Analysis: France rejects the establishment

Elections in France have been turbulent and full of surprises, and continue to evoke fear and hope in France as well as in the whole region as the last round approaches.

Macron, Fillon, Le Pen and Mélenchon (photo credit: REUTERS)
Macron, Fillon, Le Pen and Mélenchon
(photo credit: REUTERS)
Thousands of young people welcomed French presidential candidate Emmanuel Macron at the Parc des Expositions hall in Paris on Sunday evening, where his En Marche! movement chose to celebrate his victory in the first round of the presidential election.
The large venue and the spacious press hall with its hundreds of journalists from across the globe reflected the enormous expectations fulfilled by the candidate in his first-ever electoral test. A 39-year-old man who had never been elected to any political position and who has no political party is now on his way to the Elysee Palace.
Indeed, a turbulent first phase of the election campaign ended on Sunday night with a political bang: Independent candidate Macron and extreme-right candidate Marine Le Pen, with 23.7% and 21.7%, respectively, will confront each other on May 7, in the second and decisive round. In a rarity for France, neither right-wing candidate François Fillon nor ruling Socialist Party candidate Benoit Hamon made it to the runoff.
On Sunday, the French showed their preference for two candidates who represented themselves and their own personal ideas, over backing any representative of the big parties to be the next president. Many of the voters no longer feel that the big parties address their concerns.
In recent days, as surveys gave all four leading candidates between 19% and 25% of the votes, pundits evoked the possibility of an extreme-extreme second round; a Marine Le Pen-Jean-Luc Melanchon duel where the extreme Right challenges the extreme Left. Such a scenario has been avoided, but at what cost? A series of surprises and scandals shook up this long campaign, leading up to these results. Right-wing candidate Fillon, designated at the beginning of the race as an almostsure winner, lost credibility and support over allegations that he employed his wife as a parliamentary assistant, without her actually working. Fillon paid dearly for these revelations, arriving in third/fourth place – head-to-head with extremeleft candidate Melanchon; both men received 19.5% of the votes, according to initial results.
Melanchon became the second surprise of the campaign.
His anti-establishment attitude and direct style turned out to be a winning formula, and he managed to push Hamon down from the fourth place to fifth; a situation that profited Macron. Suddenly, Macron became the real candidate of the Left, replacing Hamon.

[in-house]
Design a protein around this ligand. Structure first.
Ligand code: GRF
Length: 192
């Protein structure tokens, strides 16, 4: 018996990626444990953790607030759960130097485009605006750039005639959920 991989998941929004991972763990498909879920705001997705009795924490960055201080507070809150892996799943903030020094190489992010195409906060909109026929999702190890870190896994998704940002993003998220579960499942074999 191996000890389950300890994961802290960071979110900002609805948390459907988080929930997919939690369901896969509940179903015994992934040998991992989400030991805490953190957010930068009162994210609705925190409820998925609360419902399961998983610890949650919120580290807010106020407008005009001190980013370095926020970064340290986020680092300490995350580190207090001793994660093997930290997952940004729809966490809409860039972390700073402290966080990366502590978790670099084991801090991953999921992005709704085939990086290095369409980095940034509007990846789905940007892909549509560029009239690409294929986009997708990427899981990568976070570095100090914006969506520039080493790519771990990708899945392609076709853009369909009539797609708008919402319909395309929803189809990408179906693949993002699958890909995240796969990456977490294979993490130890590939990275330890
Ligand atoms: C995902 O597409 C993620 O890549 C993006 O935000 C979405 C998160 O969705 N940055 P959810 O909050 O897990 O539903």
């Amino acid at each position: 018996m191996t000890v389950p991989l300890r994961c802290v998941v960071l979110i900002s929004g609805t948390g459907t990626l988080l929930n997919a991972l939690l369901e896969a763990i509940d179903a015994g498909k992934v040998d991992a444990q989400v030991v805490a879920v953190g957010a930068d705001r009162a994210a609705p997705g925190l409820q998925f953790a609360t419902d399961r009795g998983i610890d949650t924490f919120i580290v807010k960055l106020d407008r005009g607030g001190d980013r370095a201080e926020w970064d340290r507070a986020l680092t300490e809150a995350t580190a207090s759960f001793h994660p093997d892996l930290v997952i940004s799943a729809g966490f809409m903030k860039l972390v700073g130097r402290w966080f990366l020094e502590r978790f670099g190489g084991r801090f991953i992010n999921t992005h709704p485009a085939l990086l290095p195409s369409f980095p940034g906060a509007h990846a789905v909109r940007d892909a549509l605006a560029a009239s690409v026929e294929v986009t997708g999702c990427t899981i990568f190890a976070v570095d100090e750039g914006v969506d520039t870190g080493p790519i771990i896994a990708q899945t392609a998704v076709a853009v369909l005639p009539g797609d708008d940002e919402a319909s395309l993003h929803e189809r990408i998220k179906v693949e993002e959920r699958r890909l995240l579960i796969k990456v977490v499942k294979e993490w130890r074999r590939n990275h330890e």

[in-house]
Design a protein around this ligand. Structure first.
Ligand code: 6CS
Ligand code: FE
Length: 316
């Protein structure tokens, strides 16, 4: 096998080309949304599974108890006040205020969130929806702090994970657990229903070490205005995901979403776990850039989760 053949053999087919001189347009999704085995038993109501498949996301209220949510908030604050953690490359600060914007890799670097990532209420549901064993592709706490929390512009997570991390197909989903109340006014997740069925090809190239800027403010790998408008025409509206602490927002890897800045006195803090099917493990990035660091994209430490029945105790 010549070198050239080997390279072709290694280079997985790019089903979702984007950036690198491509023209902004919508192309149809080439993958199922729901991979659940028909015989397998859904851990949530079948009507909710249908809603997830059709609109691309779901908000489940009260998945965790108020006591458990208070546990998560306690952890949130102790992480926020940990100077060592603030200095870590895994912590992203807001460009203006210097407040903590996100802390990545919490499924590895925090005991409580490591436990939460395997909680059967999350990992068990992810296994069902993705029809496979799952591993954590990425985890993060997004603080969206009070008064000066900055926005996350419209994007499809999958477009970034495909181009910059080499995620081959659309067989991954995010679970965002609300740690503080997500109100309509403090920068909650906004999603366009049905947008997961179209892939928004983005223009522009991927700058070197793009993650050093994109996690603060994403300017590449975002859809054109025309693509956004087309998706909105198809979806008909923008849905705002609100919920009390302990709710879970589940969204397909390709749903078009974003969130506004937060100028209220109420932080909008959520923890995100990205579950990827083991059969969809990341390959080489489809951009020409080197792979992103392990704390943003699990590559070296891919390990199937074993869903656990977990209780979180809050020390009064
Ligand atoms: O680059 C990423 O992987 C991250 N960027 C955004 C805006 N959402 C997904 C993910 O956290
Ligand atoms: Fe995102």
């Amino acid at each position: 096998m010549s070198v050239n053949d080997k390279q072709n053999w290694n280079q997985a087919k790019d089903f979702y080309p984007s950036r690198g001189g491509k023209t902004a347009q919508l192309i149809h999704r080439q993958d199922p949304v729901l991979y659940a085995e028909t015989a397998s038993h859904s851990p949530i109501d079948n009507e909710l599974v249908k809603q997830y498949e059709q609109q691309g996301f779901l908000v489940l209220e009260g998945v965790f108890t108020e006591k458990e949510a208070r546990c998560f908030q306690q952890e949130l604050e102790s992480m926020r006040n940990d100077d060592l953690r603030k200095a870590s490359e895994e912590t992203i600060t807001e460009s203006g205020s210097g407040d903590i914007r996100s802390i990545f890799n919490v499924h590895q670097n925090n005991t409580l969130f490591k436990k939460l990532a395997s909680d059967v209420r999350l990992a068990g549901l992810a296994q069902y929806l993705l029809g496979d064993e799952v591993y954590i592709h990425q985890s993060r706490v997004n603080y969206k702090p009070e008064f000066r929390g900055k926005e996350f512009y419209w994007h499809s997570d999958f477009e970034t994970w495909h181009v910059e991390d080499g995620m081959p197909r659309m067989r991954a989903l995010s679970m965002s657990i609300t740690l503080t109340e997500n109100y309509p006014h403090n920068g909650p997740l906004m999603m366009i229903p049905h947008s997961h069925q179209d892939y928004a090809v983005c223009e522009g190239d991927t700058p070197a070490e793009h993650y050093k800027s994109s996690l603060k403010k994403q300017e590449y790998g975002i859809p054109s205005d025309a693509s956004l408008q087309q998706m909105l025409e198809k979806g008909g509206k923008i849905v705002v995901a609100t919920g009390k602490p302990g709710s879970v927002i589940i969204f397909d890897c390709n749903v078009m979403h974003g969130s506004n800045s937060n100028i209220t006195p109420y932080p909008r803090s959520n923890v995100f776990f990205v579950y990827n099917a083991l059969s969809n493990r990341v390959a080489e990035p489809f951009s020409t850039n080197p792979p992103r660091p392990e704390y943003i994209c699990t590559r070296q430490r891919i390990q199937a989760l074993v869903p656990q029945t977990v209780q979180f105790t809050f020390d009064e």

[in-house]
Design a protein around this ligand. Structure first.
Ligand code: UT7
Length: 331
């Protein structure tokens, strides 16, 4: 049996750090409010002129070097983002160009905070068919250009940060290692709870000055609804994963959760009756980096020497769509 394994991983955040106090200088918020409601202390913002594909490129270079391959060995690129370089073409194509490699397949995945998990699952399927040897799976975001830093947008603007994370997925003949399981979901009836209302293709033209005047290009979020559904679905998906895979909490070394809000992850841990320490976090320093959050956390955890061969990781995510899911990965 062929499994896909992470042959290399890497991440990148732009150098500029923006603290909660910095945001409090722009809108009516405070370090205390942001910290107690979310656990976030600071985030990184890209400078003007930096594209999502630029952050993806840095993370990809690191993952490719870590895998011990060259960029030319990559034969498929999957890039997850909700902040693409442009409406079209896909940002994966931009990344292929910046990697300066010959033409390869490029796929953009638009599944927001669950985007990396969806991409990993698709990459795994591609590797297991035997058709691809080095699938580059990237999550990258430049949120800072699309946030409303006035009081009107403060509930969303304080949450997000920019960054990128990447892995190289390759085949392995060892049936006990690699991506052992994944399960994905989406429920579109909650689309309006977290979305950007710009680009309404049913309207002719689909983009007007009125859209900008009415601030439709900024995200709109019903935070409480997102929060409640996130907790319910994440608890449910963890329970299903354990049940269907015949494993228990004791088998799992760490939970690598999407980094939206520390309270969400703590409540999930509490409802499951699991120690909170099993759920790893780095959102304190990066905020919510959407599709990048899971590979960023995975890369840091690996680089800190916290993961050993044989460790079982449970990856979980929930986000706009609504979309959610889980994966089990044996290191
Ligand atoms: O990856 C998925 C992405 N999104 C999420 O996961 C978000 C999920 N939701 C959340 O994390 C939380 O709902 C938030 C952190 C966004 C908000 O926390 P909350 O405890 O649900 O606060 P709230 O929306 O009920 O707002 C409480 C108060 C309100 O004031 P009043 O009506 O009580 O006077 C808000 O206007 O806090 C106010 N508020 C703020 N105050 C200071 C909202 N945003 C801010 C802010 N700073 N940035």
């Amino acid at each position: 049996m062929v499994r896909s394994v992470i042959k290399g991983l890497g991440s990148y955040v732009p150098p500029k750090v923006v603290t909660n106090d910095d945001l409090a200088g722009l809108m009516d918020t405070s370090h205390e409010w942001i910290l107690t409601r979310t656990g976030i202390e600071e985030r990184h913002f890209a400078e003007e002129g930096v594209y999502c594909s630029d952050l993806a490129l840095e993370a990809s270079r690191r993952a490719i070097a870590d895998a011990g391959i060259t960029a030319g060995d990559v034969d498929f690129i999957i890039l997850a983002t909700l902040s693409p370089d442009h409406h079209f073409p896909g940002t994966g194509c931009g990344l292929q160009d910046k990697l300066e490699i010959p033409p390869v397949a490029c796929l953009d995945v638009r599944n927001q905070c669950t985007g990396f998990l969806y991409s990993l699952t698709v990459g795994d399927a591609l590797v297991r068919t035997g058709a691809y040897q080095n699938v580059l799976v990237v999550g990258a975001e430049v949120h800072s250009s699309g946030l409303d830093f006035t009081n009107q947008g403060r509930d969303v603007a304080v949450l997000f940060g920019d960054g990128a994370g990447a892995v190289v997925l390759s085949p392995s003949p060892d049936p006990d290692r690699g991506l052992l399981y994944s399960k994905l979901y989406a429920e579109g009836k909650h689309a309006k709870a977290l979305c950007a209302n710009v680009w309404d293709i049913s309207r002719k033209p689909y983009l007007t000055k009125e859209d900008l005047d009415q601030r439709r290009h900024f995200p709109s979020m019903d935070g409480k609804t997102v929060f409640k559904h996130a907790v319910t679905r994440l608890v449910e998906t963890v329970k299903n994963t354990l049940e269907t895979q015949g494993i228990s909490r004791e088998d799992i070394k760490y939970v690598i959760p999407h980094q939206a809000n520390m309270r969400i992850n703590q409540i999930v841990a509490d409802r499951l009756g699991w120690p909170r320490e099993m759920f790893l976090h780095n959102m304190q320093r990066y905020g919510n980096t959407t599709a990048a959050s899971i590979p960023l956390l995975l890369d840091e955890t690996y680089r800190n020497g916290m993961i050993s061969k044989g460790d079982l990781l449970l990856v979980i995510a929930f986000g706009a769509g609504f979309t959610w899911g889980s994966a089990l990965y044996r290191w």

And this was Macron’s greatest achievement – he attracted both left-wing and right-wing votes for an agenda that was accused of lacking clarity and trying to please all.
France Shooting CHAMPS ELYSEES AVENUE (Courtesy Thomson Reuters)
Socialist Benoit Hamon was the first candidate to react to the election results, assuming responsibility for his failure and calling upon his supporters to vote for Macron in the second round, in order to block Le Pen.
But the real forces behind the French voters’ change of heart probably lie outside of the country. The Brexit vote by the British and Donald Trump’s victory in the US election created an atmosphere in which “everything is possible” and played in favor of the non-establishment candidates.
The same nationalist reasoning which propelled the Brexit vote last June – fear of growing immigration into Europe from Syria, Iraq and Africa – benefited Le Pen, even though France has welcomed many fewer Syrian migrants than Germany or even Sweden.
And the same anti-establishment sentiments that propelled the Trump vote were exploited by Marine Le Pen and Jean-Luc Melanchon.
Having served as economy minister in the Valls government, Macron was considered by many as part of the establishment.
But by quitting the Hollande administration and creating his En Marche! movement, instead of founding a party, Macron succeeded in joining this anti-establishment wave, at least partially, presenting himself as a fresh, new political force.
Sunday also saw Marine Le Pen’s greatest personal victory.
When her father, Jean-Marie Le Pen, faced incumbent Jacques Chirac in the 2002 presidential elections, pundits estimated that his success in the first round was an exceptional episode in French political life.
Marine Le Pen’s victory Sunday evening indicates that this is not the case. Moreover, Le Pen succeeded in establishing herself as the strongest force within the French Right, much as she proclaimed through her election campaign. The National Front is in her image; she is the party, much as her father was.
French voters stated Sunday that they are fed up with the economic crisis, with high taxation and with growing unemployment.
Some of them voted for a new hope; other voted for the candidate who offered them easy scapegoats.